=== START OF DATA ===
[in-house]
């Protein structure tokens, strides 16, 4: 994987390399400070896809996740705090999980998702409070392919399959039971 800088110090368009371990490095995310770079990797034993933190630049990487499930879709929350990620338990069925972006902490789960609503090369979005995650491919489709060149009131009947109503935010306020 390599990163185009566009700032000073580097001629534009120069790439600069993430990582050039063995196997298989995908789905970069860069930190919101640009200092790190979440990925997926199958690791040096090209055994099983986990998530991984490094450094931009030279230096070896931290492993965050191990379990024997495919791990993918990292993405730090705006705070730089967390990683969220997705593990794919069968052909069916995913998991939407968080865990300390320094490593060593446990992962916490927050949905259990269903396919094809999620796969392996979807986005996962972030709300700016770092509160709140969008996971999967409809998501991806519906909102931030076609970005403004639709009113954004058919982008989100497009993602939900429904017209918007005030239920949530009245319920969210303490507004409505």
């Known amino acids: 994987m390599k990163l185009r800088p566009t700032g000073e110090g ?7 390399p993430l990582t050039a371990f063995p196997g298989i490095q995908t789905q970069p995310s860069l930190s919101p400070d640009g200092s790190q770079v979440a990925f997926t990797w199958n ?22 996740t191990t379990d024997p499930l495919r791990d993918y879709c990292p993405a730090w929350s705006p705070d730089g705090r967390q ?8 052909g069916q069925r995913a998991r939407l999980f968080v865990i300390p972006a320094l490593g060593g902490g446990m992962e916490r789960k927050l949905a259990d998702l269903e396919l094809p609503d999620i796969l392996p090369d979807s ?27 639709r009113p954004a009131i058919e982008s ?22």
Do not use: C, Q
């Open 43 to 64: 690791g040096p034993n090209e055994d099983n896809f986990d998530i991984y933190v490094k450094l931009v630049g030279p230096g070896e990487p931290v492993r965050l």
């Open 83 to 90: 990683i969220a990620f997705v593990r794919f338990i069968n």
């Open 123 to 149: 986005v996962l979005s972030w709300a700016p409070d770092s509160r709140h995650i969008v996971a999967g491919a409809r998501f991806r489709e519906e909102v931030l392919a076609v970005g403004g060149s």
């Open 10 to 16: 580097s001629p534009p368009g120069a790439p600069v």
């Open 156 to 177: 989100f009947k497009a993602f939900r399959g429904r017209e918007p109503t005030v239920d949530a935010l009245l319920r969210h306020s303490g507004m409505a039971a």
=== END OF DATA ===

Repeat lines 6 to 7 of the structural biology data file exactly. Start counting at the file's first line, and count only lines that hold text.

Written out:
């Open 83 to 90: 990683i969220a990620f997705v593990r794919f338990i069968n």
């Open 123 to 149: 986005v996962l979005s972030w709300a700016p409070d770092s509160r709140h995650i969008v996971a999967g491919a409809r998501f991806r489709e519906e909102v931030l392919a076609v970005g403004g060149s």